CRC was found to be prevalent in 1.9 percent of the population (95 percent confidence interval: 1.5 percent–2.3 percent). Polyps (22.7 percent ; 95 percent CI, 19.6 percent –26 percent ), advanced adenomas (4.4 percent ; 95 percent CI, 3.4 percent –5.8 percent ), adenomas (14.2 percent ; 95 percent CI, 11.7 percent –17.1 percent ), and hyperplastic polyps (9.2 percent ; 95 percent CI, 7.6 percent –11.2 percent ) were all present in patients that had a colonoscopy

What is diverticulitis / diverticulosis? a colorectal surgeon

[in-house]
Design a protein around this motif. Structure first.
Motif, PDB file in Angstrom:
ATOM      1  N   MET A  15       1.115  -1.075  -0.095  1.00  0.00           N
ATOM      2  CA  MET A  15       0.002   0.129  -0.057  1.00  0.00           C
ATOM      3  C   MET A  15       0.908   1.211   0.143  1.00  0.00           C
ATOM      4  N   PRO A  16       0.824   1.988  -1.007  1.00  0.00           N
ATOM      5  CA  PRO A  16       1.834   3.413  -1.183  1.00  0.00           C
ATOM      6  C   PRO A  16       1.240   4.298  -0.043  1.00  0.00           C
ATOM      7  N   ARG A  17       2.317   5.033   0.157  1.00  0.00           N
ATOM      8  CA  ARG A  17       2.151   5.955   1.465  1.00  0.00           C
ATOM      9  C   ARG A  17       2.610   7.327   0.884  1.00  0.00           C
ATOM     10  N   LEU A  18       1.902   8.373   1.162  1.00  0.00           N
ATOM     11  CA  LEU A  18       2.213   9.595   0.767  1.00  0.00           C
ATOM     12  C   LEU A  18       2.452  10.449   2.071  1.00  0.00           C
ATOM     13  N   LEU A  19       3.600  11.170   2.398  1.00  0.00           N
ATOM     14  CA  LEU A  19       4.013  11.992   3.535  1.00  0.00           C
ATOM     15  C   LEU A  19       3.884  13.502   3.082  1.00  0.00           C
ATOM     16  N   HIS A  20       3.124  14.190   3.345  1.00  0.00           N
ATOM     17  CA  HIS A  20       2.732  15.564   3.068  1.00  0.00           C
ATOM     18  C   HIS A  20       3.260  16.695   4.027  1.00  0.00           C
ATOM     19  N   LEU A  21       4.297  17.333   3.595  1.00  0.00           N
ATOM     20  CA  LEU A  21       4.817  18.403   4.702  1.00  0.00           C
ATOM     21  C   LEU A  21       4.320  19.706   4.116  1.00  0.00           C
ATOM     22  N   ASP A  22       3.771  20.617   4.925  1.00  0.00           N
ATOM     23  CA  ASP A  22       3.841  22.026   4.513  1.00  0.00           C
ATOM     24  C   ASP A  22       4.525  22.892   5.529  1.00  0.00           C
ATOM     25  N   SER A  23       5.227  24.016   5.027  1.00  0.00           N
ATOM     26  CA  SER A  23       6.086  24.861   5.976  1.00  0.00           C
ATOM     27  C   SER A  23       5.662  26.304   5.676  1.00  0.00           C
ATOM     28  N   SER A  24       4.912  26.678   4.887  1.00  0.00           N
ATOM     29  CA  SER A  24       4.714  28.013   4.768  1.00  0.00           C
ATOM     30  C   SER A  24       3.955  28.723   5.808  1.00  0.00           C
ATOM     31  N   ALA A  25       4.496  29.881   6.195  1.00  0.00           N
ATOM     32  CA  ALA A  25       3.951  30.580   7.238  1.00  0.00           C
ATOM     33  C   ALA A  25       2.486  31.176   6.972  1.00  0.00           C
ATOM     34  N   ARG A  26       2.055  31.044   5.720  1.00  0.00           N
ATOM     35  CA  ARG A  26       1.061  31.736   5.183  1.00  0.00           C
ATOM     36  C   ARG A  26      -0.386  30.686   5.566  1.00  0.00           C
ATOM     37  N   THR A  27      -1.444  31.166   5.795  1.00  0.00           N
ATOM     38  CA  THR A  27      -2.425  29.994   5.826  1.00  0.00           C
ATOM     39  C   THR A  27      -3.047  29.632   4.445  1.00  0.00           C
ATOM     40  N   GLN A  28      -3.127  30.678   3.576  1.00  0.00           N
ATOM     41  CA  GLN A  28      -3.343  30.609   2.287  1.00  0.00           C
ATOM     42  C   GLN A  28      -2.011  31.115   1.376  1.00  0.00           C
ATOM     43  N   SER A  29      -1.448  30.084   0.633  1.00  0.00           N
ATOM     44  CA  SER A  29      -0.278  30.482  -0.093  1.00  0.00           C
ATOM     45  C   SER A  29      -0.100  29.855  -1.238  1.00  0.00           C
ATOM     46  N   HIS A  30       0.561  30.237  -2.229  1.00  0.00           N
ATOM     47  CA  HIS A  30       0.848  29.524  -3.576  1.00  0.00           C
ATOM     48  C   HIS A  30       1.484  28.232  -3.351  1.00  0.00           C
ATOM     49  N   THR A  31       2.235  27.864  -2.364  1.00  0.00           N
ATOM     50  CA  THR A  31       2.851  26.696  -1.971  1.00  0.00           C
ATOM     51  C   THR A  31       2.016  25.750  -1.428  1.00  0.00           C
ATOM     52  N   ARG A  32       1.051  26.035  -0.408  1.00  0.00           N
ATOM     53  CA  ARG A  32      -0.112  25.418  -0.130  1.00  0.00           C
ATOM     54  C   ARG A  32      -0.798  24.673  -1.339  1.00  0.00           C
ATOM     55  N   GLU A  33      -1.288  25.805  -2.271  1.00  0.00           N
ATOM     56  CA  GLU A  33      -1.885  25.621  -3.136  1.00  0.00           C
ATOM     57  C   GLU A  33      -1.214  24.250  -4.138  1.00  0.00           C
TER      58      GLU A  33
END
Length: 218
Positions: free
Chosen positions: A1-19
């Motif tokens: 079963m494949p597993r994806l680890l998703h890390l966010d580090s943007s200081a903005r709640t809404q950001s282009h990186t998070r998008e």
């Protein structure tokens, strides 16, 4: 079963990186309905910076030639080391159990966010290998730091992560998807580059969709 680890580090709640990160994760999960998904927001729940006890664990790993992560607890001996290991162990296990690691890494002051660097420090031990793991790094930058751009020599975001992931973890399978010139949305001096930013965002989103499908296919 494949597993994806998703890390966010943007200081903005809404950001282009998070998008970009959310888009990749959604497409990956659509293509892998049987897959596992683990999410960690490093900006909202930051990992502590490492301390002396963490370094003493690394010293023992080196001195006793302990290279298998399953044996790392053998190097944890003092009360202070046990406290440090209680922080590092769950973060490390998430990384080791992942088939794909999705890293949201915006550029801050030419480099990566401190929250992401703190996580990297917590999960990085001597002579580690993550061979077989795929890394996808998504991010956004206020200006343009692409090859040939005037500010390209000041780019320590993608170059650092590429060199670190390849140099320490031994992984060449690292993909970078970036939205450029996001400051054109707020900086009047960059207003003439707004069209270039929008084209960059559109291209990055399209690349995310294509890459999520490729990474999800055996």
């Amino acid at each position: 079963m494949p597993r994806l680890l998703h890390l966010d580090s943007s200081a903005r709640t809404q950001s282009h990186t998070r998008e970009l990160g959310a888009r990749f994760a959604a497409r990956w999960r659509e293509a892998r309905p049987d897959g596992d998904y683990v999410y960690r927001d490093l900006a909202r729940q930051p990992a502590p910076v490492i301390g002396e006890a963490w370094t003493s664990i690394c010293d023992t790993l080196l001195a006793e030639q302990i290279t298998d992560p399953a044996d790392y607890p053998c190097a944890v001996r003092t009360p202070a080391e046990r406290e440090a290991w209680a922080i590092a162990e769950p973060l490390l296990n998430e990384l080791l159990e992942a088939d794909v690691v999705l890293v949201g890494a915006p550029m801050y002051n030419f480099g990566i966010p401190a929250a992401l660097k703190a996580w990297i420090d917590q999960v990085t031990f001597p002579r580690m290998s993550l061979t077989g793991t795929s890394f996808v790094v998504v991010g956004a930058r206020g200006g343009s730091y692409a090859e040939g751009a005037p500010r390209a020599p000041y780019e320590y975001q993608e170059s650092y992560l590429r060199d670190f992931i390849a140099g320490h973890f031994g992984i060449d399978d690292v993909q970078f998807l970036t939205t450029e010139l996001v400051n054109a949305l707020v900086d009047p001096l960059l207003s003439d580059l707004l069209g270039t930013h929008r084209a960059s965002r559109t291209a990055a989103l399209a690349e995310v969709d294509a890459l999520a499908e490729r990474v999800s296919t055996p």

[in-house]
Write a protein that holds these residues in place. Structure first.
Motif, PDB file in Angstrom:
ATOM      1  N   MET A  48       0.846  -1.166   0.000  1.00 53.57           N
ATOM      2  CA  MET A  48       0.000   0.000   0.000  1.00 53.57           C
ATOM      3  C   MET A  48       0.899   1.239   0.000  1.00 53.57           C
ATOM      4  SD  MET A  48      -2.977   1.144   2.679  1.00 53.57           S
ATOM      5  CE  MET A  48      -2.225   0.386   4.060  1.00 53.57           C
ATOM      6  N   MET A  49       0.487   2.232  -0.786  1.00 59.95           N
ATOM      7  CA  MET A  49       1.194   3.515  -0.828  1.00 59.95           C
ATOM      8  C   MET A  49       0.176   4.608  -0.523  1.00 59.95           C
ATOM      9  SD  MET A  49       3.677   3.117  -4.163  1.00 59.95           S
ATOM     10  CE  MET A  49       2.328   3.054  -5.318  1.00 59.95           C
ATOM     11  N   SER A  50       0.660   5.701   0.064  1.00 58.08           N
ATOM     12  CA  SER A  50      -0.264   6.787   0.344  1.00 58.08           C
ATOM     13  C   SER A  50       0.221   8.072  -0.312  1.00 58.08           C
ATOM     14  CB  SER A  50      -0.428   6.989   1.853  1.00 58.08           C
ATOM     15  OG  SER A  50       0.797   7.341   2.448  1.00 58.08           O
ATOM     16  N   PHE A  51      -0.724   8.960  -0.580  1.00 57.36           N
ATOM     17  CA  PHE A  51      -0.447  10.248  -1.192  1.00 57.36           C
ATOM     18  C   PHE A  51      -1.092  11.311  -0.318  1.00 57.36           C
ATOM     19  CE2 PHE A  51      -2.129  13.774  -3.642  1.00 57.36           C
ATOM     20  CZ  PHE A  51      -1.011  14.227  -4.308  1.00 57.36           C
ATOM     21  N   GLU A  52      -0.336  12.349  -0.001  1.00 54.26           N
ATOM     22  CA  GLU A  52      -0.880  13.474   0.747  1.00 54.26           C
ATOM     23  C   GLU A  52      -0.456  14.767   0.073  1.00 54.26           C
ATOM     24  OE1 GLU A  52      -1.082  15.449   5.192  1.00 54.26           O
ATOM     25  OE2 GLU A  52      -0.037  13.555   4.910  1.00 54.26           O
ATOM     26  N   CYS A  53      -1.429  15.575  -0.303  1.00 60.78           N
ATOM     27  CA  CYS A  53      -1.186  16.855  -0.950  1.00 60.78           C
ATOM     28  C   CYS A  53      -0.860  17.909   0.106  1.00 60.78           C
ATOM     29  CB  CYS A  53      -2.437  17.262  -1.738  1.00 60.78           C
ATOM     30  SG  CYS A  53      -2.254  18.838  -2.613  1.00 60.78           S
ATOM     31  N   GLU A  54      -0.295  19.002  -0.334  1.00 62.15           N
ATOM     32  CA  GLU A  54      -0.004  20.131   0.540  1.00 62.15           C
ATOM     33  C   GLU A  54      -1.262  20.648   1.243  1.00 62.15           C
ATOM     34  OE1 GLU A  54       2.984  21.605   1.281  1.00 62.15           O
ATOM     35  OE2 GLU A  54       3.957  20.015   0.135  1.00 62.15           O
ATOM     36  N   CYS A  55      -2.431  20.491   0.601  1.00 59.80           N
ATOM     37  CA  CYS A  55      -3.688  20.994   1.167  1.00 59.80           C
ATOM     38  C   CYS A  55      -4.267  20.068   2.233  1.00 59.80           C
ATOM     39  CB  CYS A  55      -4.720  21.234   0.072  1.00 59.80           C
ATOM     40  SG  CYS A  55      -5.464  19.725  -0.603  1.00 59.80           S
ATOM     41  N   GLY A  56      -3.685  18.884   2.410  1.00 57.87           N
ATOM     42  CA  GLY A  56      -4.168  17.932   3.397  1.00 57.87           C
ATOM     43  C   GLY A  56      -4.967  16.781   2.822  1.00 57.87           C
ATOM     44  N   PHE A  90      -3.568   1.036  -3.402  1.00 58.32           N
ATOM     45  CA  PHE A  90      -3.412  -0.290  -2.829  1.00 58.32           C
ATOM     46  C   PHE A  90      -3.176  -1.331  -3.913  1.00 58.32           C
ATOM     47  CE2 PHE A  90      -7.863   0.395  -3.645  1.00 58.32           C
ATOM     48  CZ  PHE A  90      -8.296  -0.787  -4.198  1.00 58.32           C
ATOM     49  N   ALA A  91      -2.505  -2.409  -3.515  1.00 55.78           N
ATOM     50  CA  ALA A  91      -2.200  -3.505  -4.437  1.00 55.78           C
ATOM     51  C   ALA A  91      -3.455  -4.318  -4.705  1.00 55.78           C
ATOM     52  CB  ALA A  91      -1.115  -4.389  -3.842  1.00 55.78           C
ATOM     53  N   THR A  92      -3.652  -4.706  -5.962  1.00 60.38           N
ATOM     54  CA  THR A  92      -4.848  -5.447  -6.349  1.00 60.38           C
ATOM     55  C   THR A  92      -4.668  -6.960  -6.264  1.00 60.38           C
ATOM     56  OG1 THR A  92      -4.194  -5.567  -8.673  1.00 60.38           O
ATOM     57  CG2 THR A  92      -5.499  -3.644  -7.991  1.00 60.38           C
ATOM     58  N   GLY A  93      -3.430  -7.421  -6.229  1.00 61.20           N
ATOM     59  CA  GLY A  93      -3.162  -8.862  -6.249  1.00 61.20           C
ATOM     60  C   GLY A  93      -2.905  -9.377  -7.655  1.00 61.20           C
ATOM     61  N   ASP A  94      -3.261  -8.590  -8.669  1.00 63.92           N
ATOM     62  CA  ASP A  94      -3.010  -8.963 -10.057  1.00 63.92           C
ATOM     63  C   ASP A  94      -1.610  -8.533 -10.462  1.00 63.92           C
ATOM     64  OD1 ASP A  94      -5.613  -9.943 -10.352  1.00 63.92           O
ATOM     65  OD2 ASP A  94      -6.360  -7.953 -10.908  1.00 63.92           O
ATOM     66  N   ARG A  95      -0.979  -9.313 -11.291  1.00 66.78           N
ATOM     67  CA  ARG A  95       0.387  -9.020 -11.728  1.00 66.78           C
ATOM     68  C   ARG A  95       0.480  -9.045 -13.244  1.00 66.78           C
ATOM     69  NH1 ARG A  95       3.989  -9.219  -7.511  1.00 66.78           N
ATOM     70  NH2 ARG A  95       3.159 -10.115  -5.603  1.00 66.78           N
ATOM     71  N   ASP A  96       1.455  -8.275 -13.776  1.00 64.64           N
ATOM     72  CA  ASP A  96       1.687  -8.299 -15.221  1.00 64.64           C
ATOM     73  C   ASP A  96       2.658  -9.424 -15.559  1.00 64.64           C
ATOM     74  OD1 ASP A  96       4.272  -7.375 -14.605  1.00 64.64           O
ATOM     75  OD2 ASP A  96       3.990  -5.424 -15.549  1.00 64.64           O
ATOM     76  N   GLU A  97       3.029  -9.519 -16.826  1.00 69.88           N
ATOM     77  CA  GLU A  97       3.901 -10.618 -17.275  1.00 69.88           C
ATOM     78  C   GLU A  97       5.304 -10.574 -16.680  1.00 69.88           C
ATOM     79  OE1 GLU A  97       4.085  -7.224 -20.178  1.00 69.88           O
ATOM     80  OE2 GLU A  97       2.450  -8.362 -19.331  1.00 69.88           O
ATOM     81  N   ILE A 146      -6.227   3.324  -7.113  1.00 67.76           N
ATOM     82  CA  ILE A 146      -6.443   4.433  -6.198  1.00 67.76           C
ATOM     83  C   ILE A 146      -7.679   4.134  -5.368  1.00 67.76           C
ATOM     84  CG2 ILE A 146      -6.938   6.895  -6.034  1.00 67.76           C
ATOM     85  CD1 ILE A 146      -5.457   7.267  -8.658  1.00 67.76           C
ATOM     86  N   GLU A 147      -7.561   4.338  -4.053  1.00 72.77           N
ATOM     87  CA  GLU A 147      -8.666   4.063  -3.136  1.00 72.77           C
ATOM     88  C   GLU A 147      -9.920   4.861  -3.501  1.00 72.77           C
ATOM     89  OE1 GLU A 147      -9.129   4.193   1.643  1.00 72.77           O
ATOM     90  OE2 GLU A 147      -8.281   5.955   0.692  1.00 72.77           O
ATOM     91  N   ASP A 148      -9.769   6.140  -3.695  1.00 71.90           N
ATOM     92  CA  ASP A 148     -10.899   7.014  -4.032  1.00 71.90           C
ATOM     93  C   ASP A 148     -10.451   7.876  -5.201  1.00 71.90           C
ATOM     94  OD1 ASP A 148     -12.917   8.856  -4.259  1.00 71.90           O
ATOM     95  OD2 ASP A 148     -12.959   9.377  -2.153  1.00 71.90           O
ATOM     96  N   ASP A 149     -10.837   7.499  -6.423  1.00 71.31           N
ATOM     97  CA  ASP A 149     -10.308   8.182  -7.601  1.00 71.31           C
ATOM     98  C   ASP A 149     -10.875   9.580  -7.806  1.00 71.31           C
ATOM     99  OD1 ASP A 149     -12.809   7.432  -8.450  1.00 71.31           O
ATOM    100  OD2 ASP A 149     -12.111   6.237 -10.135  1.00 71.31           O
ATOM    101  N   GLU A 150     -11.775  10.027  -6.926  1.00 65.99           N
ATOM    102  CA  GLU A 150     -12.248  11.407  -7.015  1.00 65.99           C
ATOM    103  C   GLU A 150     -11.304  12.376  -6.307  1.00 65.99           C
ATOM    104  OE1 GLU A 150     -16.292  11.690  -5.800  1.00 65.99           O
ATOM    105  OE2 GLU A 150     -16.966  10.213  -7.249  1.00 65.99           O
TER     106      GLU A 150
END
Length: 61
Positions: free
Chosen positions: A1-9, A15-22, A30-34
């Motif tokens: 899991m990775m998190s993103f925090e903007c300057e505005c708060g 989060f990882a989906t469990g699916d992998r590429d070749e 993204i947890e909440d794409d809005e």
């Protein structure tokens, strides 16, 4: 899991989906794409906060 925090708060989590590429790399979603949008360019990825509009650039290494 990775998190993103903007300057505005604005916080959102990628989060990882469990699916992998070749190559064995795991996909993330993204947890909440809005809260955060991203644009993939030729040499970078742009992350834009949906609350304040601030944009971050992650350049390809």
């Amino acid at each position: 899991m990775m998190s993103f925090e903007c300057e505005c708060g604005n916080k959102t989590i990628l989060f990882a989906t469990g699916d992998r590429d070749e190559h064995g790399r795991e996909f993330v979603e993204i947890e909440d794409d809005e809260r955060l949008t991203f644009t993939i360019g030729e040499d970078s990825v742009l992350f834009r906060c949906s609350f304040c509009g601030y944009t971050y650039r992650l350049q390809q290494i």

Hello, could someone please assist me? I’m in a lot of pain. I was concerned that I may have ovarian cancer due to the following symptoms: severe left abdominal pain, chronic lower backache, pain in groin and down left leg, fever and chills, extreme exhaustion to the point of dragging myself through the day, constipation, regular and urgent need to urinate, and now nausea. There is a lump that induces a lot of tenderness and bloating. My GP ordered a pap smear, pelvic ultrasound, and CA 125 blood test, all of which came back negative, but my white blood cell count has risen on blood tests. I went to the hospital last week, and the doctor said he doesn’t believe it’s a gynecological problem, but he’s pretty sure it’s all about the colon. On second thought, this makes sense. I’m in so much pain right now that I don’t know what to do; all I can do is wait for the cat scan appointment that he’s scheduled for me. Meanwhile, I’m terrified because it’s getting worse and I’m not sure whether it’s colon cancer or Diverticular disease. Is someone encountered any or all of these symptoms? Any suggestions you can give me will be greatly appreciated. I’m at the point that I’m worried I’ll pass out and have to go to the hospital because the doctors have been avoiding me for too long before I actually pushed them enough to get me this far. Thank you all so much!